Bottom Line: The families are still feuding

Photographs by Michel Arnaud, text and stories by Robert Hicks

French photographer Arnaud has worked with Princess Diana, Cindy Crawford and other celebrities and has published his work in leading international fashion magazines. He knows something about dreams. On a trip to Nashville he found them in a pure and alluring form.

The best picture in this collection is of Chet Atkins, sitting in a comfortable chair tuning his guitar. There are less engaging shots of such performers as Dolly Parton, Pam Tillis and Earl Scruggs and cozy pictures of spouses Matraca Berg and Jeff Hanna, among others. Yet while there are many interesting pictures in the book, Arnaud seems not to have grasped the peculiar combinations of hope and disappointment, art and commerce, subtlety and garishness that characterize the city that is the capital of both Tennessee and the country-music business. Where are the telling pictures of struggling young performers at Tootsie's Orchid Lounge or the Bluebird Cafe, or big-name stars in unguarded moments, or rabid admirers at Fan Fair? (Stewart, Tabori & Chang, $27.50)

Bottom Line: Music City keeps its secrets

by Elizabeth Peters

Fiction's best-known British archeological team—Amelia Peabody, husband Radcliffe Emerson and their antiquity-obsessed brood—are back in Egypt for the winter of 1914. Cairo is buzzing with rumors of an imminent attempt to wrest control of the Suez Canal from the British, and since archeology is an excellent cover for subversive activity, the Emersons are pressed into service hunting down spies and other dastardly villains. Peters's last historical thriller, The Falcon at the Portal, ended with the breakup of a budding romance between Nephret, the Emersons' ward, and Ramses, their son. This latest novel picks up where Falcon left off, though readers need not have read the earlier book to enjoy this one.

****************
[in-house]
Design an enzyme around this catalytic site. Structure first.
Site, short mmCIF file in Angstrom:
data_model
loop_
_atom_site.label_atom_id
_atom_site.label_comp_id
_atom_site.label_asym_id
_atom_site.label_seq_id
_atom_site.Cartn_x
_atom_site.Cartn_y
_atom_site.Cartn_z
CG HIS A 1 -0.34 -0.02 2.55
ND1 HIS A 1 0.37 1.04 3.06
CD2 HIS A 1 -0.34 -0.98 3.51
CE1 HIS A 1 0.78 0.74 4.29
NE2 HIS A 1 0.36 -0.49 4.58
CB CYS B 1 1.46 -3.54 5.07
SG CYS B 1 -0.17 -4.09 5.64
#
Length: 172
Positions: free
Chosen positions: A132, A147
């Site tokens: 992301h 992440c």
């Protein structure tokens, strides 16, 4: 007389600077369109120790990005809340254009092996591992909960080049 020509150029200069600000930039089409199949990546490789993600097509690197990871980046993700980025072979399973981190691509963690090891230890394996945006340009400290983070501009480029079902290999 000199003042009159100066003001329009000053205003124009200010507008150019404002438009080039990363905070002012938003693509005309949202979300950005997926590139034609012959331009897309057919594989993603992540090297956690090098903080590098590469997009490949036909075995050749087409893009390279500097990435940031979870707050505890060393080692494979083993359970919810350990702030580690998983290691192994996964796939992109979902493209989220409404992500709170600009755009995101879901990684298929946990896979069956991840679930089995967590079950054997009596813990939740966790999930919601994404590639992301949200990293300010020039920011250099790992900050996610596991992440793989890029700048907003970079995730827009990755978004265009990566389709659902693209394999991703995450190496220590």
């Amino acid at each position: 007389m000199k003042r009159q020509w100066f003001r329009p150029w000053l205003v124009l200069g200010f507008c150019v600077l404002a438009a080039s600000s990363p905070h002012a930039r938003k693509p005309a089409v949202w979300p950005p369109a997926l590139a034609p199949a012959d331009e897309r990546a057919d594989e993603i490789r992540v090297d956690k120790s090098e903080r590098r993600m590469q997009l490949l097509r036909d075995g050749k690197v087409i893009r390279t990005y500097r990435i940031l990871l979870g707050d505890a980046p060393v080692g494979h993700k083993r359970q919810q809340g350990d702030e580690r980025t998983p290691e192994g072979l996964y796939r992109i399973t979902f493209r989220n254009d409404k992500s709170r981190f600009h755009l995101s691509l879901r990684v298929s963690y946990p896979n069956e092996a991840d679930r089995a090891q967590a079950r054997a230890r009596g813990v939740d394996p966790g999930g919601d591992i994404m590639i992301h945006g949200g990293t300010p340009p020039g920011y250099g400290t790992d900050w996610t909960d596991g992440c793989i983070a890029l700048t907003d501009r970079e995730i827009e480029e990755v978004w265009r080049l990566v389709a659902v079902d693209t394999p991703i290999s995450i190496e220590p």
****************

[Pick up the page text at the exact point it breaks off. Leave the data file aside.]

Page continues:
Peters, an American, brings her Ph.D. in Egyptology to bear on this and 11 other books in the series. Her cast of stiff-upper-lip Brits, who dare to go out in the noonday sun, mixes hilarity in with the history lesson. (Morrow, $25)

Bottom Line: Kicks up a desert storm

Compiled and edited by Les Standiford

Beach book of the week

Gazillionaire Phillip Bates isn't content to be one of the world's richest men. No, the Seattle-based software baron—any resemblance to actual persons is strictly intentional—burns to be thought of as more than just another geek who made good. And he wants as much respect for his chip shot as for his chips. Which is why Bates decides to launch his revolutionary new computer-operating system with something just as radical: the world peace summit/pro-am golf tournament, which is the catalyst for this amusingly over-the-top thriller.

Like Standiford's Naked Came the Manatee in 1997, The Putt was created by an all-star team of writers—including Dave Barry, Tami Hoag and Ridley Pearson. Each contributes a chapter, trying to top each other like a clubhouse full of duffers spinning yarns about their holes in one. For readers willing to suspend disbelief, and with at least a tolerance for the game, it's a good walk on the wild side. (Warner, $23.95)

Bottom Line: Zany high jinks on and off the links

>EASY PREY John Sandford Lurid secrets come to light when Minneapolis cop Lucas Davenport delves into the murder of mega-model Alie'e. (Putnam, $25.95)

ROADS Larry McMurtry Ruminating on a real-life road trip, the author observes, among other things, that reruns of The Mary Tyler Moore Show are best viewed in Minnesota. (Simon & Schuster, $25)

  • Contributors:
  • Jean Reynolds,
  • Laura Jamison,
  • Anne-Marie O'Neill,
  • J.D. Reed,
  • Ralph Novak,
  • Pam Lambert.